Bob Baker, seventh-ranked heavyweight from Pittsburgh, won unanimous decision over Jimmy Slade of New York in 10-rounder, at Philadelphia.

Frankie Ryff, 22-year-old unbeaten Bronx lightweight, won 15th professional fight with easy 10-round decision over Henry Davis of Hawaii, at Brooklyn.

Tony DeMarco, seventh-ranked Boston welterweight, floored Pat Manzi of Syracuse three times in opening round to win on TKO, at Boston.


Fisherman, C. V. Whitney's three-year-old colt, won $65,000 Washington, D.C. International race, at Laurel, Md. Running on soft grass track, Fisherman beat top European horses including Queen Elizabeth's Landau, which finished last. Eddie Arcaro rode winner, which earned $50,000 and was last-minute substitute for injured High Gun.

Jet Action, owned by Maine Chance Farm and ridden by Willie Hartack, outgalloped favored Helioscope to win $58,200 Roamer Handicap, at Jamaica, N.Y.

Thinking Cap, 11-1 shot owned by Christiana Stable, beat 10 other two-year-olds to capture $65,240 Pimlico Futurity, at Baltimore.

Rising Fast, New Zealand gelding, won 15,500-pound ($34,720) Melbourne Cup, Australia's richest horse race, at Melbourne.

Whippy, owned by Robert Sterling Clark of Upperville, Va., won Midland Cambridgeshire, at Birmingham, Eng. Whippy earned $1,923, boosting Clark's winnings for year to $111,252.40, second only to Queen Elizabeth, whose horses have won $115,400.

Masaka, nine-year-old brood mare owned by Aga Khan, was sold for $105,000, record price paid for brood mare at American auction, at Keeneland, Ky.

Montreal Canadiens held first place by narrow margin over Detroit Red Wings. High-scoring Canadiens racked up 44 goals in first 13 games; closest rival for scoring honors, Red Wings, had only 34 goals for same number of games.


Bill Spear of Southport, Conn., driving Ferrari 375, won 124-mile race for cars over 1,500 cc, at March Air Force Base, Riverside, Calif.

Lee Petty, 1954 NASCAR Grand National Champion from Randleman, N.C., won 100-mile late-model stock-car race, driving 1954 Chrysler, at High Point, N.C.

Fast Delivery Belle, pointer bitch owned by Miss Murtis Carver of Durham, N.C., won national quail futurity, at Carbondale, Ill. Paul Walker of Farmington, N.C. handled Fast Delivery Belle, which outscored 86 other dogs.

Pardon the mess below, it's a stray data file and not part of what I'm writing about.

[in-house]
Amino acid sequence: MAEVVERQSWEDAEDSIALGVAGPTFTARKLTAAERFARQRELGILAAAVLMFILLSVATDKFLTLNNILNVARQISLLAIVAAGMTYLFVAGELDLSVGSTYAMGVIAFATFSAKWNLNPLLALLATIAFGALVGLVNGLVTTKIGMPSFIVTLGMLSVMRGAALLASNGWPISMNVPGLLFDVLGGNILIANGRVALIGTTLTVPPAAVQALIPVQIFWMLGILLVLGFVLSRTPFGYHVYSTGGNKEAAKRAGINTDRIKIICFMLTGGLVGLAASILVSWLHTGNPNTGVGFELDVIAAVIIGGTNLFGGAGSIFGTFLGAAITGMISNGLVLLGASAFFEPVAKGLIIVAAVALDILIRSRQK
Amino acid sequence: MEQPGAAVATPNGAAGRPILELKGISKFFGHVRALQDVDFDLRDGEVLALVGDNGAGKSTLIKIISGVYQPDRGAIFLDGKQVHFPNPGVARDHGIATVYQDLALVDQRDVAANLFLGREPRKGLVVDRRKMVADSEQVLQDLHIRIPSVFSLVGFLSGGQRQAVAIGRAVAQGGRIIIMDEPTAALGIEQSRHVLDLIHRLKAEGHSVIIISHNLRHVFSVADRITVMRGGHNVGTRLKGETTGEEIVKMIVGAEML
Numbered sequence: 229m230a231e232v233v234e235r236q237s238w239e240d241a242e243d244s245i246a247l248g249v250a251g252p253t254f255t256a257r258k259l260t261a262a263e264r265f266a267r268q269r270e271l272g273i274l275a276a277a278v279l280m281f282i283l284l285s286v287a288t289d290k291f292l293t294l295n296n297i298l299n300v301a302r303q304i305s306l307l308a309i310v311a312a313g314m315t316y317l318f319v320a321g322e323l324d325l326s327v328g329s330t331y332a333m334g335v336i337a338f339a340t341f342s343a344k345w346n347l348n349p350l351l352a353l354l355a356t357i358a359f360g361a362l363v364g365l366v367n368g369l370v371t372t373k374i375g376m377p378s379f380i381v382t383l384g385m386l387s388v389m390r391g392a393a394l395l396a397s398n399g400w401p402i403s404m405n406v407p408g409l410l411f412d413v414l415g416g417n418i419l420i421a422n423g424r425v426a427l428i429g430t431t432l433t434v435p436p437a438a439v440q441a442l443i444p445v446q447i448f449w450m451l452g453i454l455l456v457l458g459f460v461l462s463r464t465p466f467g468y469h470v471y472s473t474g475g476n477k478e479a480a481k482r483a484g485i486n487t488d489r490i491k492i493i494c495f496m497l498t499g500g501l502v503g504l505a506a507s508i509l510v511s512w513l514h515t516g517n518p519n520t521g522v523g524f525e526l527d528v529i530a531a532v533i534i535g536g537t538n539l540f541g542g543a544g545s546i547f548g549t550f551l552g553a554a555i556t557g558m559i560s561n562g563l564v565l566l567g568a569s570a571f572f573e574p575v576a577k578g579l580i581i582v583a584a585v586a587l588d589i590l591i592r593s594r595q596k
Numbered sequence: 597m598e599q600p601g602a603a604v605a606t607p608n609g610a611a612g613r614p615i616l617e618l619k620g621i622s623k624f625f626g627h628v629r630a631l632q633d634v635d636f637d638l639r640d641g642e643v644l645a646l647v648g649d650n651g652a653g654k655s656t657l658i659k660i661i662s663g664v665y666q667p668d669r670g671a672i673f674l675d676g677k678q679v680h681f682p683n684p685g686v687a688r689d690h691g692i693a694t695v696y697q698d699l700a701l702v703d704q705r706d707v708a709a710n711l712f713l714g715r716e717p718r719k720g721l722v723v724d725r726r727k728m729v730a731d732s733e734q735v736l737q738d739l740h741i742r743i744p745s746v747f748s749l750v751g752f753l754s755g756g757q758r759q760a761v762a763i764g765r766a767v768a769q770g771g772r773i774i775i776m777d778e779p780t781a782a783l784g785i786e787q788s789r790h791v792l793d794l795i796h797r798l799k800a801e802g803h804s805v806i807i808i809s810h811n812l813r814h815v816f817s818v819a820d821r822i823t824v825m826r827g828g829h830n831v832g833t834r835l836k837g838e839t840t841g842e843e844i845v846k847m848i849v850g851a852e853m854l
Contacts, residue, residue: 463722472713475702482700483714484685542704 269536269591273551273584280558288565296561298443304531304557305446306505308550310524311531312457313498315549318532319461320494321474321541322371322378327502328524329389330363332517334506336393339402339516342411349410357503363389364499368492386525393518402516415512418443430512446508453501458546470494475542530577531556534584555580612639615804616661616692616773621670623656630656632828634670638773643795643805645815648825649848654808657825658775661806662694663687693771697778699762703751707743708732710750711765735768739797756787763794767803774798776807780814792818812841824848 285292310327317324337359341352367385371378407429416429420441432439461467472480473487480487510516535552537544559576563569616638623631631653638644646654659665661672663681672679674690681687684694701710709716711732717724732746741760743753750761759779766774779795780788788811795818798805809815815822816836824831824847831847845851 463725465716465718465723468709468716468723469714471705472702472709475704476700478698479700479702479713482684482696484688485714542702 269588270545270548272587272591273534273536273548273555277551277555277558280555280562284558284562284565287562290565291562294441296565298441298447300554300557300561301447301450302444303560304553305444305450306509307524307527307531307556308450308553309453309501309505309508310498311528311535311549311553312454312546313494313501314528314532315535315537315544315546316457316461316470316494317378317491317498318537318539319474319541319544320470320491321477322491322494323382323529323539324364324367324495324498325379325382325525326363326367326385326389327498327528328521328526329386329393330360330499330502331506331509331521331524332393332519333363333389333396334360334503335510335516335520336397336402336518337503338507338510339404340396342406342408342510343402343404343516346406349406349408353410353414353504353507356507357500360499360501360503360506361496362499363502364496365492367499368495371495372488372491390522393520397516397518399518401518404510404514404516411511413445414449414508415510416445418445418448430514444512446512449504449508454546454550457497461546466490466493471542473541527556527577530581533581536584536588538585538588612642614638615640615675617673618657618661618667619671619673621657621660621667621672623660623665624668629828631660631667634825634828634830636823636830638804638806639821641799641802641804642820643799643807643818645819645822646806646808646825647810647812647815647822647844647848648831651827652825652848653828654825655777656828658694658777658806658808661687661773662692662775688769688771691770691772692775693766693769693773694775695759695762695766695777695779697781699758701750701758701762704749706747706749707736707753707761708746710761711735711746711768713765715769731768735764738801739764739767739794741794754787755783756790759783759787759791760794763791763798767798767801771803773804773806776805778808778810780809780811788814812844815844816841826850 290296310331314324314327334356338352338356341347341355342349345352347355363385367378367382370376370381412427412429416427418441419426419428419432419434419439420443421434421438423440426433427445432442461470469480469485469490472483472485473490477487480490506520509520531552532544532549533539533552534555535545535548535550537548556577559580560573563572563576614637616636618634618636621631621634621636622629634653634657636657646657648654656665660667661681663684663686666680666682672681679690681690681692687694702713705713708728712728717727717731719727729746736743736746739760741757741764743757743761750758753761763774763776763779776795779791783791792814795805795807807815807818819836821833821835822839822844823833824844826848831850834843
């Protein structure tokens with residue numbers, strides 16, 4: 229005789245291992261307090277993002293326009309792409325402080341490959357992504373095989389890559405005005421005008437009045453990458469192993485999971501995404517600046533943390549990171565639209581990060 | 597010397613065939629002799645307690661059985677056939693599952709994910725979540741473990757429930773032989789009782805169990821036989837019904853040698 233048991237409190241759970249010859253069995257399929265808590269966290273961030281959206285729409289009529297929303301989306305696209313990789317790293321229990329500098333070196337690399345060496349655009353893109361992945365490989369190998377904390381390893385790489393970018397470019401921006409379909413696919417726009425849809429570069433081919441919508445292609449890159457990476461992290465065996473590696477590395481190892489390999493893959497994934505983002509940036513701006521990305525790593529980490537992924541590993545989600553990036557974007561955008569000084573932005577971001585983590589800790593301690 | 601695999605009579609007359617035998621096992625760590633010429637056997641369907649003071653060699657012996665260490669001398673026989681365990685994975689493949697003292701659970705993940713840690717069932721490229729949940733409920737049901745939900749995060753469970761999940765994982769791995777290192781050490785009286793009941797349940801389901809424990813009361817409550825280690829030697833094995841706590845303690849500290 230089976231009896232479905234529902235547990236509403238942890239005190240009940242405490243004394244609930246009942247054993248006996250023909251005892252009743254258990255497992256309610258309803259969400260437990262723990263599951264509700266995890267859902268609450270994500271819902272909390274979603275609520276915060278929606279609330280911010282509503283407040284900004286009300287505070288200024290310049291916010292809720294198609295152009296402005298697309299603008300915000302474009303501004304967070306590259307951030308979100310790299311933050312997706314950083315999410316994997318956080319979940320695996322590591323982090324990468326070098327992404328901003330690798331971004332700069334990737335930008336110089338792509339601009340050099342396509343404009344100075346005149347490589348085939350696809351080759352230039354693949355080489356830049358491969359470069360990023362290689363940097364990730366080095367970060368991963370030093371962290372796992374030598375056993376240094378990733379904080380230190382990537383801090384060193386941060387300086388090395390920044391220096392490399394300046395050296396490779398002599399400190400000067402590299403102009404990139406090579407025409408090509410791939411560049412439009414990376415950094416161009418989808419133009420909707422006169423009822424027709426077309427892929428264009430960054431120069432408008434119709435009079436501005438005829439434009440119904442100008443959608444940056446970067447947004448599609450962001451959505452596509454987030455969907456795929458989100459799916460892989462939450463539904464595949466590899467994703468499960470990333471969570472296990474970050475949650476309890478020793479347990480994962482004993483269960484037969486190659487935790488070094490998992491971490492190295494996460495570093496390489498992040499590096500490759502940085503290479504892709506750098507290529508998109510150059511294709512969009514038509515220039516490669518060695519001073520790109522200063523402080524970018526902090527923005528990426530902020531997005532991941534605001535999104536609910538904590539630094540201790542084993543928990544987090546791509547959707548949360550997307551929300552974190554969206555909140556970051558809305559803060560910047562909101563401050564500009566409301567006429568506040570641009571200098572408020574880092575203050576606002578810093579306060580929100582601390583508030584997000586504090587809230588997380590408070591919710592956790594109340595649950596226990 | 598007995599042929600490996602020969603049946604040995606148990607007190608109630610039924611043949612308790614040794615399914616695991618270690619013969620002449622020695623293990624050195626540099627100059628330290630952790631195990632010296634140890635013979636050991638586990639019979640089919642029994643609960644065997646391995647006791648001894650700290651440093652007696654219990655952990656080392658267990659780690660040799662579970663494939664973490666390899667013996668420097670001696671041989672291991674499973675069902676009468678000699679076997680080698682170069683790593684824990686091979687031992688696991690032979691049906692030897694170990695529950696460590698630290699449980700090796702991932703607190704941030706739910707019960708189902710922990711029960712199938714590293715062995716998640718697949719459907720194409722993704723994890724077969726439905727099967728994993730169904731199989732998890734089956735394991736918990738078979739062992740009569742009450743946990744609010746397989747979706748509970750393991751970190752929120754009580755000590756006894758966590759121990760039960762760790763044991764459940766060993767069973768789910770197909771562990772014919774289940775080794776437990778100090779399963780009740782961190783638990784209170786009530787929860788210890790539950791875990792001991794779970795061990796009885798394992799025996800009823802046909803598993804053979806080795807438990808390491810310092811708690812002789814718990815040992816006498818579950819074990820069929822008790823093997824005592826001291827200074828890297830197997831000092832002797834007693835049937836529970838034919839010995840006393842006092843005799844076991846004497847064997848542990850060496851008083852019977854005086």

A. Soloviev won Moscow chess championship with score of 9½-4½, at Moscow. Tied behind champion were Konstantinopolski, Nikitin, Ravinsky and Vatnikov.


MARRIED—Mrs. Mary Elizabeth (Liz) Person, horsewoman, owner of Llangollen Farm racing stable; to Richard Lunn at Washington, D.C.

HONORED—Fritz Pollard, 60, Brown University football star (1915-1916) and first Negro named to Walter Camp's All-American Team (1916), now an artist's representative in New York; with membership in Football Hall of Fame, at Brown Stadium, Providence.

RETIRED—Jimmy Stout, 40, Lakewood, N.J. jockey; after 24-year career during which he booted home nearly 150 stakes winners including Johnstown in 1939 Kentucky Derby.

DIED—Lieut. Gen. Edward Felix Norton, 70, leader of 1924 Everest Expedition in which climbers A. C. Irvine and George Leigh-Mallory disappeared near summit; at Winchester, England.


m., by 3 lengths, in 1:58, Narragansett Pk., Pawtucket, R.I. Eric Guerin up.


Lewis Hoad, Australia, over Rex Hartwig, 6-4, 6-4, 0-6, 0-6, 6-1, Queensland championship, Brisbane.
Fausto Gardini, Italy, over Giuseppe Merlo, 2-6, 6-4, 6-4, 6-4, Brazilian Intl. tournament, Rio de Janeiro.

MIAMI (O.), Mid-American Conference cross-country championship, with 18 pts., Athens, O.



Albright 21—Leb. Valley 14
Army 48—Yale 7
Bates 28—Colby 13
Boston U. 28—Villanova 6
Brown 40—Springfield 7
Carnegie T. 21—W. & J. 0.
Clarion 36—Slippery Rock 0
Coast Guard 35—R.P.I. 7
Colgate 20—Bucknell 14
Conn. 20—N'eastern 19
Cornell 14—Syracuse 6
Dartmouth 26—Columbia 0
Geneva 31—Lycoming 7
Gettysburg 14—Delaware 13
Hampton 13—Howard 13
Harvard 14—Princeton 9
Hobart 42—Hamilton 7
J. Hopkins 20—Swarth. 19
Kings Pt. 18—Alfred 15
Lehigh 20—Muhlenberg 20
Maine 27—Bowdoin 13
Moravian 47—Ursinus 6
N. Hamp. 32—Mass. 12
Notre Dame 42—Penn 7
P.M.C. 6—Dickinson 2
Penn St. 39—Holy Cross 7
Rutgers 7—Lafayette 0
Scranton 40—F. & M. 12
Temple 27—Brandeis 0
Trinity 21—Amherst 12
Tufts 20—Rochester 19
Union 33—Haverford 19
Vermont 30—Middlebury 6
V.P.I. 20—Geo. Wash. 13
Wesleyan 17—Williams 0
W. Virginia 39—Fordham 9


Alabama 0—Tulane 0
Allen 19—Benedict 13
Arkansas 28—Rice 15
Auburn 14—Miami 13
Baylor 13—Texas 7
Centre 21—Sewanee 7
Clemson 27—Furman 6
Davidson 32—Catawba 12
Fla. A&M 14—N. Car. A&T 7
Georgia 14—Florida 13
Georgia Tech 28—Tenn. 7
Houston 20—Tulsa 7
Kentucky 19—Vanderbilt 7
L.S.U. 26—Chattanooga 19
Louisville 24—Morehead 0
Maryland 42—N.C. State 14
Mississippi 51—Memph. St. 0
Miss. St. 48—N. Tex. St. 26
Navy 40—Duke 7
N. Carol. 21—S. Carol. 19
Prairie View 19—Texas C. 6
Richmond 13—W. Forest 0
S.E. La. 35—La. Poly. 24
S.M.U. 6—Texas A&M 3
Texas W. 20—Hard. Simm. 7
V.M.I. 21—Wm. & Mary 0
Va. St. 12—W. Va. St. 0Va. Union 26-Morgan St. 15


Boston C. 13—Marquette 7
Colorado 19—Missouri 19
Dayton 20—Miss. South. 7
Iowa 25—Purdue 14
Kansas St. 53—Drake 18
Marshall 26—Bowl. Gr. 19
Miami (O.) 6—Indiana 0
Michigan 14—Illinois 7
Mich. St. 54—Wash. St. 6
Minnesota 44—Oregon St. 6
Nebraska 41—Kansas 20
Oberlin 28—Wittenberg 6
Ohio St. 26—Pittsburgh 0
Oklahoma 40—Iowa St. 0
Okla. A&M 34—Detroit 19
Omaha 59—Wayne 7
Toledo 47—Bald. Wall. 13
Valparaiso 34—Wheaton 29
Wabash 45—Beloit 14
Wash. (St. L) 25—Butler 6
W. Mich. 19—Ohio U. 6
Wichita 59—N. Dak. St. 0
Wisconsin 34—N'western 13
Xavier (O.) 26—J. Carroll 7


California 27—Wash. 6
Cinn. 34—Arizona St. 7
Col. Pac. 13—San Jose St. 7
Col. A&M 14—Utah 13
Denver 20—Brig. Young 0
Idaho St. 21—Col. Mines 14
Mont. St. 21—N. Dak. 13
N. Mex. 20—Montana 14
S. Calif. 21—Stanford 7
Texas Tech 28—Arizona 14
U.C.L.A. 41—Oregon 0
Wyoming 21—Utah St. 12